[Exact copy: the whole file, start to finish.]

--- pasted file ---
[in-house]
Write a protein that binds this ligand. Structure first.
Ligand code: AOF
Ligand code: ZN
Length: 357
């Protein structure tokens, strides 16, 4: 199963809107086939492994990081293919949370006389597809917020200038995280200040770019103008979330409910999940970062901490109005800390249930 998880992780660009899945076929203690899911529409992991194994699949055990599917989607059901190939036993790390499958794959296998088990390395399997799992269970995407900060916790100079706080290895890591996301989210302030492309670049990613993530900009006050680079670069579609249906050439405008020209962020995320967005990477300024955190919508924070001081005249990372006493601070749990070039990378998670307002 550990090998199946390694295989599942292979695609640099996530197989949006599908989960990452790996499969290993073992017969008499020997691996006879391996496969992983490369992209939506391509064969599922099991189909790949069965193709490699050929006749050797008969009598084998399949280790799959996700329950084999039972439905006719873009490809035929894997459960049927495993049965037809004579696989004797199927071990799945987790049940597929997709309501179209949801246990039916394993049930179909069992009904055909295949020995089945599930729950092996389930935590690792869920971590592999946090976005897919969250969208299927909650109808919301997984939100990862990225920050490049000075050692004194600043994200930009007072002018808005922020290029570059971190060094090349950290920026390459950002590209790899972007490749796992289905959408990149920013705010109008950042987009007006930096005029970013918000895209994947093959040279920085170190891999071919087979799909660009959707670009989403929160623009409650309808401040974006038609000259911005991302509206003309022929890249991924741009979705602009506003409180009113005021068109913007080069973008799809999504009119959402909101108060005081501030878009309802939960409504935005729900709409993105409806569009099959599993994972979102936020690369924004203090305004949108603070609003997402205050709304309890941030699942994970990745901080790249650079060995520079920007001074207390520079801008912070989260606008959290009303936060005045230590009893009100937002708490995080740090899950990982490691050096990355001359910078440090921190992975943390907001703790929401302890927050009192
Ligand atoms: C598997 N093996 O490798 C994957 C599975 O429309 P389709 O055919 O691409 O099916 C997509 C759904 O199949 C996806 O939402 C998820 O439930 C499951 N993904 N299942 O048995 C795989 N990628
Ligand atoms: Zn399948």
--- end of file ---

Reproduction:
[in-house]
Write a protein that binds this ligand. Structure first.
Ligand code: AOF
Ligand code: ZN
Length: 357
């Protein structure tokens, strides 16, 4: 199963809107086939492994990081293919949370006389597809917020200038995280200040770019103008979330409910999940970062901490109005800390249930 998880992780660009899945076929203690899911529409992991194994699949055990599917989607059901190939036993790390499958794959296998088990390395399997799992269970995407900060916790100079706080290895890591996301989210302030492309670049990613993530900009006050680079670069579609249906050439405008020209962020995320967005990477300024955190919508924070001081005249990372006493601070749990070039990378998670307002 550990090998199946390694295989599942292979695609640099996530197989949006599908989960990452790996499969290993073992017969008499020997691996006879391996496969992983490369992209939506391509064969599922099991189909790949069965193709490699050929006749050797008969009598084998399949280790799959996700329950084999039972439905006719873009490809035929894997459960049927495993049965037809004579696989004797199927071990799945987790049940597929997709309501179209949801246990039916394993049930179909069992009904055909295949020995089945599930729950092996389930935590690792869920971590592999946090976005897919969250969208299927909650109808919301997984939100990862990225920050490049000075050692004194600043994200930009007072002018808005922020290029570059971190060094090349950290920026390459950002590209790899972007490749796992289905959408990149920013705010109008950042987009007006930096005029970013918000895209994947093959040279920085170190891999071919087979799909660009959707670009989403929160623009409650309808401040974006038609000259911005991302509206003309022929890249991924741009979705602009506003409180009113005021068109913007080069973008799809999504009119959402909101108060005081501030878009309802939960409504935005729900709409993105409806569009099959599993994972979102936020690369924004203090305004949108603070609003997402205050709304309890941030699942994970990745901080790249650079060995520079920007001074207390520079801008912070989260606008959290009303936060005045230590009893009100937002708490995080740090899950990982490691050096990355001359910078440090921190992975943390907001703790929401302890927050009192
Ligand atoms: C598997 N093996 O490798 C994957 C599975 O429309 P389709 O055919 O691409 O099916 C997509 C759904 O199949 C996806 O939402 C998820 O439930 C499951 N993904 N299942 O048995 C795989 N990628
Ligand atoms: Zn399948």